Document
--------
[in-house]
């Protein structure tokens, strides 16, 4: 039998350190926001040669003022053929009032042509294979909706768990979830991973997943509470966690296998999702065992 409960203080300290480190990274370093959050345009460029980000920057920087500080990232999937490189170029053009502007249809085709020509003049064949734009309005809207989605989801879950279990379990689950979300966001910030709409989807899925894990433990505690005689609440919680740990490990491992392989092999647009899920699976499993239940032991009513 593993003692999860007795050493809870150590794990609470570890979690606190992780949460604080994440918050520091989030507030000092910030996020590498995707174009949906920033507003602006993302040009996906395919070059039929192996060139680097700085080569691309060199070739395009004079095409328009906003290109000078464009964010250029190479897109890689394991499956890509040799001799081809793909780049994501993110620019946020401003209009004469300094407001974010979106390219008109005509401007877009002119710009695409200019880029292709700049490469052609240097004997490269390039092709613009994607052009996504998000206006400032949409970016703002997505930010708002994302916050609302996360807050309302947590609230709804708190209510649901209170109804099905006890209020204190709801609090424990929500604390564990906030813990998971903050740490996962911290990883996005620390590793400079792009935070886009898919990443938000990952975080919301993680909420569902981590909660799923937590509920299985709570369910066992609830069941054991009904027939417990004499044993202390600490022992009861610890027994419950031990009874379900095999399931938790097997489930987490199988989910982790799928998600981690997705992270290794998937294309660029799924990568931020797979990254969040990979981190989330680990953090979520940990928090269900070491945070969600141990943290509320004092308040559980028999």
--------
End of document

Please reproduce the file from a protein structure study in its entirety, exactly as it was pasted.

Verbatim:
[in-house]
């Protein structure tokens, strides 16, 4: 039998350190926001040669003022053929009032042509294979909706768990979830991973997943509470966690296998999702065992 409960203080300290480190990274370093959050345009460029980000920057920087500080990232999937490189170029053009502007249809085709020509003049064949734009309005809207989605989801879950279990379990689950979300966001910030709409989807899925894990433990505690005689609440919680740990490990491992392989092999647009899920699976499993239940032991009513 593993003692999860007795050493809870150590794990609470570890979690606190992780949460604080994440918050520091989030507030000092910030996020590498995707174009949906920033507003602006993302040009996906395919070059039929192996060139680097700085080569691309060199070739395009004079095409328009906003290109000078464009964010250029190479897109890689394991499956890509040799001799081809793909780049994501993110620019946020401003209009004469300094407001974010979106390219008109005509401007877009002119710009695409200019880029292709700049490469052609240097004997490269390039092709613009994607052009996504998000206006400032949409970016703002997505930010708002994302916050609302996360807050309302947590609230709804708190209510649901209170109804099905006890209020204190709801609090424990929500604390564990906030813990998971903050740490996962911290990883996005620390590793400079792009935070886009898919990443938000990952975080919301993680909420569902981590909660799923937590509920299985709570369910066992609830069941054991009904027939417990004499044993202390600490022992009861610890027994419950031990009874379900095999399931938790097997489930987490199988989910982790799928998600981690997705992270290794998937294309660029799924990568931020797979990254969040990979981190989330680990953090979520940990928090269900070491945070969600141990943290509320004092308040559980028999």